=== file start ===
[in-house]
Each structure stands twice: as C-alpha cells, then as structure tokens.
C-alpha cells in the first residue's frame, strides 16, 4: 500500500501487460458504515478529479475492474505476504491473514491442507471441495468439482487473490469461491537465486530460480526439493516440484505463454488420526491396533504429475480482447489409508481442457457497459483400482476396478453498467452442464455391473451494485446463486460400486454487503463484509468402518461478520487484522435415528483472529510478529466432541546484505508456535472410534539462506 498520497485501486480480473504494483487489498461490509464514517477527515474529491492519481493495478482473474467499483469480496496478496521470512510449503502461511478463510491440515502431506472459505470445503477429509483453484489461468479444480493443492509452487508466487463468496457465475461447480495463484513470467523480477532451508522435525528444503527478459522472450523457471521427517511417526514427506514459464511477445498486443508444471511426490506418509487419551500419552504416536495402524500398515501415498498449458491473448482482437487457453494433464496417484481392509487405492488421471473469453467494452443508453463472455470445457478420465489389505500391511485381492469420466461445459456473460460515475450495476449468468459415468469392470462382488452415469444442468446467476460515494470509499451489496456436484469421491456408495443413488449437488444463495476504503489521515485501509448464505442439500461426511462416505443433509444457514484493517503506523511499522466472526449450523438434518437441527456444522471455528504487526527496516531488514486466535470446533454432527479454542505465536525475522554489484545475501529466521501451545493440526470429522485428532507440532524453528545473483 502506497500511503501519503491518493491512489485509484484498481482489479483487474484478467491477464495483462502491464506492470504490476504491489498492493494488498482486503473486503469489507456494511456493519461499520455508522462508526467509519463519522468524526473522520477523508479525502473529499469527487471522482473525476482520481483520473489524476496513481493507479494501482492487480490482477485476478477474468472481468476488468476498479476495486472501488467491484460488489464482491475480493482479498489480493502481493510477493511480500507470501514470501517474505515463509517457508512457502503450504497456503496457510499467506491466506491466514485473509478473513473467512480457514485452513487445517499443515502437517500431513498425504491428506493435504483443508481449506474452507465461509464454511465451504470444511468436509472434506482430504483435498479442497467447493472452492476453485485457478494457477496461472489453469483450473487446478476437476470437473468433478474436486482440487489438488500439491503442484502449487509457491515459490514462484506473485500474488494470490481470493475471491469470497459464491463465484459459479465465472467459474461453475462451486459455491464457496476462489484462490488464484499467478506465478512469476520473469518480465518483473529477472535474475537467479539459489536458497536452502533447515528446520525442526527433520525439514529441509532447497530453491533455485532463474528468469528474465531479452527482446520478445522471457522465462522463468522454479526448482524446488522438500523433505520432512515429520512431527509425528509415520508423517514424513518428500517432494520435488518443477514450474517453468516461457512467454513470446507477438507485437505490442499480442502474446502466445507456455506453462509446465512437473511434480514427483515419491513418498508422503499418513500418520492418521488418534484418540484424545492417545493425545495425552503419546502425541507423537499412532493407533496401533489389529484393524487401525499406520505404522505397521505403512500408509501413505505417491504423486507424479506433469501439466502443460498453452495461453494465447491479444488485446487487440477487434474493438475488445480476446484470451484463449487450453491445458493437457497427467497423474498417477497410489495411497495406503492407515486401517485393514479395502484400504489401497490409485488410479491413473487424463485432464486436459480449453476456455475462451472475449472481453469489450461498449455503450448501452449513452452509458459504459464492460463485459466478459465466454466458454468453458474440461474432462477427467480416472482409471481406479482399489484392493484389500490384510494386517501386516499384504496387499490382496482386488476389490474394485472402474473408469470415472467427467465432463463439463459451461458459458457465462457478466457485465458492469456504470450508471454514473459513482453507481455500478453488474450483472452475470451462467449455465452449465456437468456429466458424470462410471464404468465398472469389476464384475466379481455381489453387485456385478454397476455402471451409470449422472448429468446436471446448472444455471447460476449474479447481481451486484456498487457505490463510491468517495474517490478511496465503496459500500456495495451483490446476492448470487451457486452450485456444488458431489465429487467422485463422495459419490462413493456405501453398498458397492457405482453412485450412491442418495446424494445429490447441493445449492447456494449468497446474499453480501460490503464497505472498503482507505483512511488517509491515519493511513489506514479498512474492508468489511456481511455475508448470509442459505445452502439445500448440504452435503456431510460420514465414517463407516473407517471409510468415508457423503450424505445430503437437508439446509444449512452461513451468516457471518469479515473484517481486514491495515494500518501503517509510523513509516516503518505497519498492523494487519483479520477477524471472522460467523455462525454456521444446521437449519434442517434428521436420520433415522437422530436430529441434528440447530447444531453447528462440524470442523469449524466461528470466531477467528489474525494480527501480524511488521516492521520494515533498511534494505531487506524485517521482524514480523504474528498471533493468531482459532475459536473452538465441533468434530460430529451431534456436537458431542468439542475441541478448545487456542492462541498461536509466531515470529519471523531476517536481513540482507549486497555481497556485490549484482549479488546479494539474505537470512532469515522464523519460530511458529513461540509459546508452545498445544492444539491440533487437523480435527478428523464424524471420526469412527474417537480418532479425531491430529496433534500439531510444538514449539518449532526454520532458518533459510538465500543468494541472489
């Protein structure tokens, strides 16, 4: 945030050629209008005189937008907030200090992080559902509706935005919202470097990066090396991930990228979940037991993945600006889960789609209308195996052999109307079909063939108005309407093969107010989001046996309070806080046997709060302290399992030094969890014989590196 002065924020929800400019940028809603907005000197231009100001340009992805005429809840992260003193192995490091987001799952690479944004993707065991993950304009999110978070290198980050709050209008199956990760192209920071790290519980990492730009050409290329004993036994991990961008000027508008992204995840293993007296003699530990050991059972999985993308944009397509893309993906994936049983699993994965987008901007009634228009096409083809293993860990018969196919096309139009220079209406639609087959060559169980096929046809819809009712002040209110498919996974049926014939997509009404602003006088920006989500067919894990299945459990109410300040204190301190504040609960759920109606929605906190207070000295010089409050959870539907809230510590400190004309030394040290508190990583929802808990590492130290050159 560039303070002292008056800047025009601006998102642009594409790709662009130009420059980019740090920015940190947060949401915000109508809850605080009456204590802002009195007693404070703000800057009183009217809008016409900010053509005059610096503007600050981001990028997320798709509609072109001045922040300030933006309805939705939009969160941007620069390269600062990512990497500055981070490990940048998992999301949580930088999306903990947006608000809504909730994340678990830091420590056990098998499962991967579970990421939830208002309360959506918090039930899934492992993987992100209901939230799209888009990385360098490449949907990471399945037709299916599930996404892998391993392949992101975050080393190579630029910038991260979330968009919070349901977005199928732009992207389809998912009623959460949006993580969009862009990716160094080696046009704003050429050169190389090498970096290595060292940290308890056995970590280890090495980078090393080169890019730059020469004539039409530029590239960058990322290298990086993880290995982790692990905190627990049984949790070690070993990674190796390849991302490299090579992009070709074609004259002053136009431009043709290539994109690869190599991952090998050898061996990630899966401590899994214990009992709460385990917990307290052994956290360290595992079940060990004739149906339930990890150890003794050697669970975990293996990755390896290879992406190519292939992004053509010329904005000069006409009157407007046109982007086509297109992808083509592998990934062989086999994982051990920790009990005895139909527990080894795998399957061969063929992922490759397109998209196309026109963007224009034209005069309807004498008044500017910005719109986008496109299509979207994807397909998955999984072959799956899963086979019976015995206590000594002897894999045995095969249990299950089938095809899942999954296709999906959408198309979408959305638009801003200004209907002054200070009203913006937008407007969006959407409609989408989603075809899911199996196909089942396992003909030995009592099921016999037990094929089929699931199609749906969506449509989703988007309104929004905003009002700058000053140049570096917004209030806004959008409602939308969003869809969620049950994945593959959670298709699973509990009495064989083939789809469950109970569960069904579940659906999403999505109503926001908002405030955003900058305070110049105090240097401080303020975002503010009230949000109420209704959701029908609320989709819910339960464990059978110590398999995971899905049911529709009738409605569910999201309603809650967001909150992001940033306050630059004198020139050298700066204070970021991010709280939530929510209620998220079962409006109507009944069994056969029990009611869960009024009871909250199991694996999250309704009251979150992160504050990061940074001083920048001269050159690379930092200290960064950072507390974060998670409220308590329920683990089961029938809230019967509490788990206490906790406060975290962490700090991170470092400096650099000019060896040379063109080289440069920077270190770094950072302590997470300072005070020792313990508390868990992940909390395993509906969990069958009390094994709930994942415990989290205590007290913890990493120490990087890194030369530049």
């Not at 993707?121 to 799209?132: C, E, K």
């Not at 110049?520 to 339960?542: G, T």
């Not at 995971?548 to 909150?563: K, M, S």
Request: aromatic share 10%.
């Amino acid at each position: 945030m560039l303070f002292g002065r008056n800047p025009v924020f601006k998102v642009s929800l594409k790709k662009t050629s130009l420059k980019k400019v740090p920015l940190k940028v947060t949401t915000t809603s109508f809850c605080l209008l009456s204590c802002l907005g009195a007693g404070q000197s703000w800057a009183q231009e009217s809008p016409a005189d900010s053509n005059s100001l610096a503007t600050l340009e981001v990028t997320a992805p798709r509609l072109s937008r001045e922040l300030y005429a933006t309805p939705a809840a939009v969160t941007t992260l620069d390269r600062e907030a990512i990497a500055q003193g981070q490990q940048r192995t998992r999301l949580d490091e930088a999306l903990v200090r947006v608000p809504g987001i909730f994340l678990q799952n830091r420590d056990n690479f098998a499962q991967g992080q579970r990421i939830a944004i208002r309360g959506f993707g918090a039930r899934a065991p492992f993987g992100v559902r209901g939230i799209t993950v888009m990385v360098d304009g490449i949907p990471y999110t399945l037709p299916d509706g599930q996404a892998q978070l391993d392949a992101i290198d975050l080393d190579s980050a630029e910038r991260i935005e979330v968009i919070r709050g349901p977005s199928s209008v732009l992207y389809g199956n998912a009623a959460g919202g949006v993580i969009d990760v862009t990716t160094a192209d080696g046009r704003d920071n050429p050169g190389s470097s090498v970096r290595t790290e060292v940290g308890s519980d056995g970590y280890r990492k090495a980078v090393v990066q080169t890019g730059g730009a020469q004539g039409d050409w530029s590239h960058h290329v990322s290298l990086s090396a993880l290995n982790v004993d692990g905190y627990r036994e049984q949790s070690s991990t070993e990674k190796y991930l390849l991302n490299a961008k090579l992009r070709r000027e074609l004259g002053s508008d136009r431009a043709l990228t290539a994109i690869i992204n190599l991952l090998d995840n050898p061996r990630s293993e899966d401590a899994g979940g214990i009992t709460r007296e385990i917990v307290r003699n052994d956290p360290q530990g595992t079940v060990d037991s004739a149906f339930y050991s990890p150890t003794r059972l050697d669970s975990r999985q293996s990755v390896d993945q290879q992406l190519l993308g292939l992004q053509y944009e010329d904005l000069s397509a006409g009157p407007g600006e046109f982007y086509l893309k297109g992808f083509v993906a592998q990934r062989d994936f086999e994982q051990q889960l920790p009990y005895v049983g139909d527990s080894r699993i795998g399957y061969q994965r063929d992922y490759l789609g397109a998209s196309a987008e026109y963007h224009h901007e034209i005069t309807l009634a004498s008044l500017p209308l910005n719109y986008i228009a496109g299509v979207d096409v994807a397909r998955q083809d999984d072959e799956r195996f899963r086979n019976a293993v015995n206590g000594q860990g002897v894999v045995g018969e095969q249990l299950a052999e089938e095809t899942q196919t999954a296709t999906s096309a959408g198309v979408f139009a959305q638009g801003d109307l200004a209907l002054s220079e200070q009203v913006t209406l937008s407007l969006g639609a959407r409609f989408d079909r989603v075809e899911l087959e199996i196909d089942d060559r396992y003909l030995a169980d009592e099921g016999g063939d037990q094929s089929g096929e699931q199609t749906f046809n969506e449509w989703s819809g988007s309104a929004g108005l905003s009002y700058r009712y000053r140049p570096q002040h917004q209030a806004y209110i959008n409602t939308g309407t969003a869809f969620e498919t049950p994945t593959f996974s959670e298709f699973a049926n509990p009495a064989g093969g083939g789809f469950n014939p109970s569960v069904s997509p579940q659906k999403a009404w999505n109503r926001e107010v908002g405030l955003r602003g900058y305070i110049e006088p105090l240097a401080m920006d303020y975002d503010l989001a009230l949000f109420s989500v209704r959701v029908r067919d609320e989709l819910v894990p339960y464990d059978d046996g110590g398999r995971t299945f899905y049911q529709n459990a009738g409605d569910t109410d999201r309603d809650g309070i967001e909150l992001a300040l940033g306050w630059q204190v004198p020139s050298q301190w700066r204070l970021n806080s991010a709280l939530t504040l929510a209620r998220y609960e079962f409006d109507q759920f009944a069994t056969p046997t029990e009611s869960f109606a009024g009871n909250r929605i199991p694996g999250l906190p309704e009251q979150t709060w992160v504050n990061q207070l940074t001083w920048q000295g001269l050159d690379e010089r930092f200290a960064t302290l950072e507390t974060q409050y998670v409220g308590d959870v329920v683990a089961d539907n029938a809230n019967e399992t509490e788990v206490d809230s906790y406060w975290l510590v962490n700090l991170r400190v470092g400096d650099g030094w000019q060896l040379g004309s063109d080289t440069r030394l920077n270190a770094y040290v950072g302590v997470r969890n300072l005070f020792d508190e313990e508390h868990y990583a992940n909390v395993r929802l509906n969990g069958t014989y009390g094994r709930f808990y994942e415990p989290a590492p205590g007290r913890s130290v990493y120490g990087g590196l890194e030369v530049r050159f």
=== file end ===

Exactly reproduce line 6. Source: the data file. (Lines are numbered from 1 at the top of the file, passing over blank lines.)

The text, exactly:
């Not at 110049?520 to 339960?542: G, T």